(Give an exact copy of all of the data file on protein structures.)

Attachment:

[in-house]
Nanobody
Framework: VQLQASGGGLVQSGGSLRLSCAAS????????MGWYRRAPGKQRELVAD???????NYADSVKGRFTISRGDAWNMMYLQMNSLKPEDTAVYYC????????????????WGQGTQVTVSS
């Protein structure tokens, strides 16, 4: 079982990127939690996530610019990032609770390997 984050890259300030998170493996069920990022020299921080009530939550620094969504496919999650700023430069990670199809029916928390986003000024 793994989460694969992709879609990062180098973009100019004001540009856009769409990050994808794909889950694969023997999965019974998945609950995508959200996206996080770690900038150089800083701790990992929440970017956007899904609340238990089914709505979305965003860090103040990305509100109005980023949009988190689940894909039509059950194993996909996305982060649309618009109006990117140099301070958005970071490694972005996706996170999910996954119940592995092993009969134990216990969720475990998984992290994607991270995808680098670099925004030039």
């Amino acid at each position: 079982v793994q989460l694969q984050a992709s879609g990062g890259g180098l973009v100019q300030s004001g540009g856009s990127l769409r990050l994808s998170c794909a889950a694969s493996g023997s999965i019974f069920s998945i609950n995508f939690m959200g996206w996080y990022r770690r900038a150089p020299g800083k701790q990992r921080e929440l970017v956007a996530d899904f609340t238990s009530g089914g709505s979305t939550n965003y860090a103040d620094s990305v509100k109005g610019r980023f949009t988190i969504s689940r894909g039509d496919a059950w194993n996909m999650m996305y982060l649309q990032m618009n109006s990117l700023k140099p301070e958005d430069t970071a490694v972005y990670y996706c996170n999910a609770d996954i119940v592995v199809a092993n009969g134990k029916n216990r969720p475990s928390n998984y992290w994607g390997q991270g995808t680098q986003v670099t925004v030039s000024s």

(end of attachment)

[in-house]
Nanobody
Framework: VQLQASGGGLVQSGGSLRLSCAAS????????MGWYRRAPGKQRELVAD???????NYADSVKGRFTISRGDAWNMMYLQMNSLKPEDTAVYYC????????????????WGQGTQVTVSS
């Protein structure tokens, strides 16, 4: 079982990127939690996530610019990032609770390997 984050890259300030998170493996069920990022020299921080009530939550620094969504496919999650700023430069990670199809029916928390986003000024 793994989460694969992709879609990062180098973009100019004001540009856009769409990050994808794909889950694969023997999965019974998945609950995508959200996206996080770690900038150089800083701790990992929440970017956007899904609340238990089914709505979305965003860090103040990305509100109005980023949009988190689940894909039509059950194993996909996305982060649309618009109006990117140099301070958005970071490694972005996706996170999910996954119940592995092993009969134990216990969720475990998984992290994607991270995808680098670099925004030039």
């Amino acid at each position: 079982v793994q989460l694969q984050a992709s879609g990062g890259g180098l973009v100019q300030s004001g540009g856009s990127l769409r990050l994808s998170c794909a889950a694969s493996g023997s999965i019974f069920s998945i609950n995508f939690m959200g996206w996080y990022r770690r900038a150089p020299g800083k701790q990992r921080e929440l970017v956007a996530d899904f609340t238990s009530g089914g709505s979305t939550n965003y860090a103040d620094s990305v509100k109005g610019r980023f949009t988190i969504s689940r894909g039509d496919a059950w194993n996909m999650m996305y982060l649309q990032m618009n109006s990117l700023k140099p301070e958005d430069t970071a490694v972005y990670y996706c996170n999910a609770d996954i119940v592995v199809a092993n009969g134990k029916n216990r969720p475990s928390n998984y992290w994607g390997q991270g995808t680098q986003v670099t925004v030039s000024s």